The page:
“Let us remember that we are on the site of the most gigantic cemetery in the world, a cemetery where there are no graves, no stones, but where the ashes of more than one million people lie.”
— Polish Minister of Culture Waldemar Dabrowski, 2005.
Sixty-five years ago this week Soviet Red Army forces liberated Auschwitz, a concentration camp in Nazi-occupied Poland whose name would soon be synonymous throughout the world with ghastly horror.
The Auschwitz complex was the largest of the German network of concentration camps that systematically slaughtered 6 million European Jews and millions of other “undesirables” from 1939 to 1945. It consisted of the main camp Auschwitz, the extermination camp Auschwitz II-Birkenau, the labor camp Auschwitz III-Monowitz and 45 satellite camps.
Auschwitz was the administrative center of the complex and it was here that prisoners were herded through an entrance gate crowned by the infamous sign reading “Arbeit macht frei,” often translated as “work brings freedom.” Inmates at Auschwitz reportedly twisted the slogan to reflect the horrific fate they faced, saying “Arbeit macht frei durch den Schornstein,” or “Work brings freedom through the chimney.”
Auschwitz II-Birkenau was where most of the executions took place. From March 1942 through October 1944 an estimated 1.1 million people — among them 1 million Jews — were transported there from all over Nazi-occupied Europe to be murdered. Extermination operations only ceased as the Soviet Red Army closed in, and efforts switched to destroying evidence of the Nazi regime’s horrific crimes. Fewer than 8,000 survivors were found when Soviet troops liberated the camp Jan. 27, 1945. Among the evidence left behind of the abominable crimes committed were 382,820 men’s suits and 836,255 articles of women’s clothing.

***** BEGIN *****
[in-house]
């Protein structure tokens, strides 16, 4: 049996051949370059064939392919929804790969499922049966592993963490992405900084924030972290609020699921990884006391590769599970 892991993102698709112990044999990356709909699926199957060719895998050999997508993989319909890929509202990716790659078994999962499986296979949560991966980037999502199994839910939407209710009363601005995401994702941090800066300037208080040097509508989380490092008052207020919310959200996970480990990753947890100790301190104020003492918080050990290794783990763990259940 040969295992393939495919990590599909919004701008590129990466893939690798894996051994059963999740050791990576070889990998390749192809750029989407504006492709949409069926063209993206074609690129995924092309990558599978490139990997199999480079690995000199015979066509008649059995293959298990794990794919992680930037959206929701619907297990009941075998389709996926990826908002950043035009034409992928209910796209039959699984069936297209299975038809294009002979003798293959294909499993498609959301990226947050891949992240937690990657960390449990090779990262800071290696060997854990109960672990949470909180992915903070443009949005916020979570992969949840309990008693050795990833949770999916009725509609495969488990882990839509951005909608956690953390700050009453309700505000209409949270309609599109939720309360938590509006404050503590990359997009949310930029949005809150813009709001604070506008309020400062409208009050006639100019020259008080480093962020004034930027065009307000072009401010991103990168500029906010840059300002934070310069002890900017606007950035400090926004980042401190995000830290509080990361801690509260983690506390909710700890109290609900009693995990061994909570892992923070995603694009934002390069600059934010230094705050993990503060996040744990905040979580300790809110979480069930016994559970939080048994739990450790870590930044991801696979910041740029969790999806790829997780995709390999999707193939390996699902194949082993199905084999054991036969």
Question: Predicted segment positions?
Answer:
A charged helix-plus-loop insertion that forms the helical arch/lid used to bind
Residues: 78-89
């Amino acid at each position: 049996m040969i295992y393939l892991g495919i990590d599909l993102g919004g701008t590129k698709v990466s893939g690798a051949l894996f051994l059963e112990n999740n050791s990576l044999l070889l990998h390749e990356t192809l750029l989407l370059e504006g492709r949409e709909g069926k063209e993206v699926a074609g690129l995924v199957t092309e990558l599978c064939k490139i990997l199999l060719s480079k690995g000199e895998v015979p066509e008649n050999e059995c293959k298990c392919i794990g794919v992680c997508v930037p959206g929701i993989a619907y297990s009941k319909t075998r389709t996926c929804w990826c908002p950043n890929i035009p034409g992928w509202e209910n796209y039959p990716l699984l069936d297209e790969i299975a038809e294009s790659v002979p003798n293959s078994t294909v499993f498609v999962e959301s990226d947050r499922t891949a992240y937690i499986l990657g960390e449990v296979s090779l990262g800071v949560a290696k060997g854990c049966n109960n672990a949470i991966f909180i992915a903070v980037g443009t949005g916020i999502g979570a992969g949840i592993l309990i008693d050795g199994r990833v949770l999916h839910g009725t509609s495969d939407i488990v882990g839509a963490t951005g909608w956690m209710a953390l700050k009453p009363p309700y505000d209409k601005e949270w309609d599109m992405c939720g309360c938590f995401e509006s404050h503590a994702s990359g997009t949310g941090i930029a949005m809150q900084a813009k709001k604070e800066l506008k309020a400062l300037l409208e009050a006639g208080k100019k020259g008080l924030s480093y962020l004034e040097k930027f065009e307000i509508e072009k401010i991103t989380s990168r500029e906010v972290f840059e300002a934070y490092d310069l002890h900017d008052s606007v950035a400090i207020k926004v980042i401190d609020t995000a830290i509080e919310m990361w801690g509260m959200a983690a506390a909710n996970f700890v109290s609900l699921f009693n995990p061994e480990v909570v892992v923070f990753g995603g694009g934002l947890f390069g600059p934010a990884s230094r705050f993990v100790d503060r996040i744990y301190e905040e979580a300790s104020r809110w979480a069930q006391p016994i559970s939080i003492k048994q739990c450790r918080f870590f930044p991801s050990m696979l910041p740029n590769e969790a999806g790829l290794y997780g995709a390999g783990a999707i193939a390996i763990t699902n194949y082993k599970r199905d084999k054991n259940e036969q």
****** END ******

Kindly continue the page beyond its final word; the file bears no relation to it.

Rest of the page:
Debate has continued since 1945 over whether the Allied powers could have acted sooner to halt the Holocaust. While this issue will likely never be decisively settled, after the war the international community took steps to prevent future genocides, principally the 1948 U.N. Convention on Genocide. But as the mass killings in Cambodia, the former Yugoslavia, Rwanda and Darfur show, we have failed in this task. The anniversary of the liberation of Auschwitz is a reminder that the international community must remain vigilant and be ready to take collective action whenever the specter of genocide rears its ugly head.
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